fusion in four of their cases. This genetic aberration was
found to be characteristic feature of calcifying aponeurotic
fibroma. Based on this, they suggested that some cases of
LF actually represent early stages of calcifying aponeurotic
fibroma with no calcification. Their study found 8 other
genetic fusions which are known to activate the PI3KAKT-
mTOR pathway 5. A single case report of LF has
also been reported with multiple congenital anomalies
such as trigonocephaly, cleft lip and palate and syndactyly
6. Our case had no other congenital anomaly. Molecular
studies were not performed as they were unavailable.
Radiological imaging can help distinguish LF from other
entities, though not always diagnostic. Ultrasound is
usually nonspecific. MRI is the imaging modality of choice,
which shows LF as a well-defined mass with hyperintense
signalling that is isointense to fat on T1- and T2- weighted
images. These signals however vary depending upon the
proportion of adipocytic and fibroblastic components.
Hence, MRI is only suggestive and therefore partially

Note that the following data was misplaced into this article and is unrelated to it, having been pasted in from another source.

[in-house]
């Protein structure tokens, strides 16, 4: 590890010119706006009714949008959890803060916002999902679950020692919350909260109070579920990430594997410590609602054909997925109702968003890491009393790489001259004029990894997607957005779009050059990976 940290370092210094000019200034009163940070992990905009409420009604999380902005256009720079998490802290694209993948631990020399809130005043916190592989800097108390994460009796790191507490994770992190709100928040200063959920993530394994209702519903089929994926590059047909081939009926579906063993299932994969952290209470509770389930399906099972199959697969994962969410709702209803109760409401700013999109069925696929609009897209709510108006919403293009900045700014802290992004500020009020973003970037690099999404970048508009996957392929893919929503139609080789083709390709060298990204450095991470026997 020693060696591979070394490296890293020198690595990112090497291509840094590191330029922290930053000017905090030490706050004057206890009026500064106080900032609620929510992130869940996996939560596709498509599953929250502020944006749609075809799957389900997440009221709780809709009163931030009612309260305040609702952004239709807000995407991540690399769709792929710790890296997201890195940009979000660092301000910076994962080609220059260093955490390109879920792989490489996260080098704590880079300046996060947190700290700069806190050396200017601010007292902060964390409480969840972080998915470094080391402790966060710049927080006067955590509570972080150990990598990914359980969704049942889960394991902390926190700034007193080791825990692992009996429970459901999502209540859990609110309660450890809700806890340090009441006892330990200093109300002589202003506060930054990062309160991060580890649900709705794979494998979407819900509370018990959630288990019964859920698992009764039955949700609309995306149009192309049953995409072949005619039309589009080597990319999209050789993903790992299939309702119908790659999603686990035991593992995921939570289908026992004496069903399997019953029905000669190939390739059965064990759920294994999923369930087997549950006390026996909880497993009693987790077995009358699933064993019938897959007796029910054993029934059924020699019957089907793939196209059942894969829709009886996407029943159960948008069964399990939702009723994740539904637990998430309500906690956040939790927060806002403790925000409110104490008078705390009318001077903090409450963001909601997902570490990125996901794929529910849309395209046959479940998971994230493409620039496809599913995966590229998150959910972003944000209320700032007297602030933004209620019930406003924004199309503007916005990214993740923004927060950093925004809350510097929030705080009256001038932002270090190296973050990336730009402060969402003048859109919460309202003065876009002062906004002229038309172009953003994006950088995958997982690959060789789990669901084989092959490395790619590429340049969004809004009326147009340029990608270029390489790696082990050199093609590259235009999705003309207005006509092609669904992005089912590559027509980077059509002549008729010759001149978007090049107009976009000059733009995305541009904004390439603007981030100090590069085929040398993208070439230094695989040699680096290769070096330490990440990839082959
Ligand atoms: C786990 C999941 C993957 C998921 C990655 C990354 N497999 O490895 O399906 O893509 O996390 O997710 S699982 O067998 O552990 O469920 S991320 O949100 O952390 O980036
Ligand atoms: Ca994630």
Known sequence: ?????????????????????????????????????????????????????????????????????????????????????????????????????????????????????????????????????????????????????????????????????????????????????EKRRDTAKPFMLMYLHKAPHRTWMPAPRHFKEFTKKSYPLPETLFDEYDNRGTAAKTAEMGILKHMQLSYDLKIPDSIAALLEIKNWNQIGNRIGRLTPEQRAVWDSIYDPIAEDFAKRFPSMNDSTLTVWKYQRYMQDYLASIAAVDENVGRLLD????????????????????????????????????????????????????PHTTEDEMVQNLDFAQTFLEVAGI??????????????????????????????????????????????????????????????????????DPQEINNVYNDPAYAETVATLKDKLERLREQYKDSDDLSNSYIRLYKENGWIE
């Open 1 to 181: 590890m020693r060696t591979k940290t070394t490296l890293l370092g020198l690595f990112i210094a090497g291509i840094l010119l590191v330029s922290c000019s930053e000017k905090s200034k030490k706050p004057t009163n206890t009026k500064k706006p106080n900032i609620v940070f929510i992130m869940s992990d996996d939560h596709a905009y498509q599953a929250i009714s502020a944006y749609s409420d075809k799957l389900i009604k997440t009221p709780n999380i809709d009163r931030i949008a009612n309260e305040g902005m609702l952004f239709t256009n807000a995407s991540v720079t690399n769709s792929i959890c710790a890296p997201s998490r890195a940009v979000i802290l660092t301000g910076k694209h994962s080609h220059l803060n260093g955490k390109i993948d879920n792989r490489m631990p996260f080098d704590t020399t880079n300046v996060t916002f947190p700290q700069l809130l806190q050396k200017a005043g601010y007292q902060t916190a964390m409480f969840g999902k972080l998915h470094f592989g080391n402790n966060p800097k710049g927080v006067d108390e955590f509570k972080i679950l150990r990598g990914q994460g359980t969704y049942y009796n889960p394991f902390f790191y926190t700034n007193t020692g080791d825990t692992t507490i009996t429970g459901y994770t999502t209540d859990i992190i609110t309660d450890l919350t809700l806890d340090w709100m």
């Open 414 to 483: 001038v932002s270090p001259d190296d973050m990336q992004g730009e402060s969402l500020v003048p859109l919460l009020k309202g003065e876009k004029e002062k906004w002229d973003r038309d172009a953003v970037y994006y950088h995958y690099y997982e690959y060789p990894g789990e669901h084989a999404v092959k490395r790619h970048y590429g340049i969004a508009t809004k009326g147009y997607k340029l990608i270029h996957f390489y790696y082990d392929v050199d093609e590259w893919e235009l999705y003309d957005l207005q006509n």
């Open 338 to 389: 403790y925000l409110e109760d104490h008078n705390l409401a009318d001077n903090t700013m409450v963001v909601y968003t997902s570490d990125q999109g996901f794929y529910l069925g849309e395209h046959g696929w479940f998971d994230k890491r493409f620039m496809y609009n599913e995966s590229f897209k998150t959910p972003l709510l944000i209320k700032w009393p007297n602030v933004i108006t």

helps in pre-operative planning. The cytological features of
this entity are not reported often in the literature and the definitive diagnosis rests upon histopathology. The tumor
is associated with high recurrence rates of about 72% 1.
Boss et al. reported a recurrence of 33% in its series of six
cases of LF 3. No metastasis however has been reported so
far. Thus, a pre-operative cytological diagnosis is essential
for management of these cases as complete surgical excision
with a wide margin ensures low recurrence.
The cytological indicators of LF are presence of skeletal
muscle fibres, mature adipose tissue and benign appearing
spindle cells clusters in close proximation. The background
may be lipidaceous or myxoid. A few stromal fragments
may also be noted. No true lipoblast is seen. There is absence
of nuclear pleomorphism, necrosis and mitosis. Grossly,
LF is unencapsulated with poorly defined margins. The